7. Should public schools require the teaching of intelligent design?
No. Instead of mandating intelligent design, the Discovery Institute recommends that states and school districts focus on teaching students more about evolutionary theory, including telling them about some of the theory’s problems that have been discussed in peer-reviewed science journals. In other words, evolution should be taught as a scientific theory that is open to critical scrutiny, not as a sacred dogma that can’t be questioned.
8. Is teaching about intelligent design unconstitutional?
Although the Discovery Institute does not advocate requiring the teaching of intelligent design in public schools, it does believe there is nothing unconstitutional about discussing the scientific theory of design in the classroom. In addition, the Discovery Institute opposes efforts to persecute individual teachers who may wish to discuss the scientific debate over design in a pedagogically appropriate manner.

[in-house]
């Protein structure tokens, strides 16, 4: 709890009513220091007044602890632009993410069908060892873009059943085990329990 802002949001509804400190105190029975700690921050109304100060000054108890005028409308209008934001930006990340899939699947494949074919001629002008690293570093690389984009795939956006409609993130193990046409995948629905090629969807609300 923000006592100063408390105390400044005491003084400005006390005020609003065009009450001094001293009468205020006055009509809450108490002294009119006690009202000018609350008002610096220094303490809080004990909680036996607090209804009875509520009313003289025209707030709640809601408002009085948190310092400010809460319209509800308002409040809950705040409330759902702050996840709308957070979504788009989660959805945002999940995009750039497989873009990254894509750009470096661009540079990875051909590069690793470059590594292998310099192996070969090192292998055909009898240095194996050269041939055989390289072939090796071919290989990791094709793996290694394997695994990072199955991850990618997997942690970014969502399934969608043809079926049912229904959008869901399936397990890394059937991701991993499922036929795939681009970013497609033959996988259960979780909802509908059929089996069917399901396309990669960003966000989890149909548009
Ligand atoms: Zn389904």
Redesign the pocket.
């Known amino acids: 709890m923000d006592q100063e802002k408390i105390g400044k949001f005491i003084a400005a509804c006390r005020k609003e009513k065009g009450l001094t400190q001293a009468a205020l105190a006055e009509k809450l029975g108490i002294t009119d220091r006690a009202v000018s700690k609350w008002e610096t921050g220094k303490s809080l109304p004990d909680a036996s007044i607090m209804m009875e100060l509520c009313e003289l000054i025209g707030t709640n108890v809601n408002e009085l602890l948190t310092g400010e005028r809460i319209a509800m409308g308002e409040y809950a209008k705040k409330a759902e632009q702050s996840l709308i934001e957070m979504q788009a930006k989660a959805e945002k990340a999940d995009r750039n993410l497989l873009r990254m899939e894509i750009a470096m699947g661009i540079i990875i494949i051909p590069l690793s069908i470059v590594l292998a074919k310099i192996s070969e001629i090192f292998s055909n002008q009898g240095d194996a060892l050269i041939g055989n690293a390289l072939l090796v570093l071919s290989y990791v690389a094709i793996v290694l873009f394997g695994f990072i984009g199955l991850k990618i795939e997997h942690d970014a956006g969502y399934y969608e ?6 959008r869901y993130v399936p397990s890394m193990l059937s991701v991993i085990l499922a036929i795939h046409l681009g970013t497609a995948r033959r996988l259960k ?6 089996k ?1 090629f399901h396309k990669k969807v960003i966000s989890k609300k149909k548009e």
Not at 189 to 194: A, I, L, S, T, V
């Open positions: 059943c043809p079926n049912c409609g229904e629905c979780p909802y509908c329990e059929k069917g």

9. What is the Discovery Institute and the Center for Science and Culture?
The non-profit, non-partisan Discovery Institute is a policy and research organization, or secular think tank, with programs on a variety of issues, including regional transportation development, economics and technology policy, legal reform, bioethics, science and culture. The institute’s founder and president is Bruce Chapman, who has a long history in public policy at both the national and regional levels. Chapman is a former director of the United States Census Bureau and a past American ambassador to the United Nations Organizations in Vienna, Austria.